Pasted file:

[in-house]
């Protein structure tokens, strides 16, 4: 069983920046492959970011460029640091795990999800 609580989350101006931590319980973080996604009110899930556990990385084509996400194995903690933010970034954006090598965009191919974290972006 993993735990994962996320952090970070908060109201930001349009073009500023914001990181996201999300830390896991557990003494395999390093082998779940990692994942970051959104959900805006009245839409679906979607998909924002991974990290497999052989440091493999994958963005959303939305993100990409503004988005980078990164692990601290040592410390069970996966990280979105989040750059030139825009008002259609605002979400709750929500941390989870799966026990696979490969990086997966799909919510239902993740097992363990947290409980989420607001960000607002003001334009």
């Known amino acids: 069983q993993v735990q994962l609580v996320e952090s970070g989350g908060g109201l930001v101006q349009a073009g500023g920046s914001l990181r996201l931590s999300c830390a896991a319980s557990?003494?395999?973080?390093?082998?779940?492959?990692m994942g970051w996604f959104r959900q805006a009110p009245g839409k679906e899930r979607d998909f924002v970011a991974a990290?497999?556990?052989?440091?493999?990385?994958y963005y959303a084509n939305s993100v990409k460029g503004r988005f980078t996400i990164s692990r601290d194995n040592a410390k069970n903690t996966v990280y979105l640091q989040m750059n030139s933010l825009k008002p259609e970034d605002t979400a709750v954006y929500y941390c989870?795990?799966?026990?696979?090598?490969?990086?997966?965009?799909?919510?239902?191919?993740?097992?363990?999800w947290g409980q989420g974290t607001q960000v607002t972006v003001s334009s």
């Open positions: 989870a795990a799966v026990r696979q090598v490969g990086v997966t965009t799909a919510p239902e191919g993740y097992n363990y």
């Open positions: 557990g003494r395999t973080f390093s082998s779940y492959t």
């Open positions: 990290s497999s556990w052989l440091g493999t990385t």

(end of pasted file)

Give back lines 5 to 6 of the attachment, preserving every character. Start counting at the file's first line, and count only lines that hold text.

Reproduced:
């Open positions: 557990g003494r395999t973080f390093s082998s779940y492959t």
């Open positions: 990290s497999s556990w052989l440091g493999t990385t």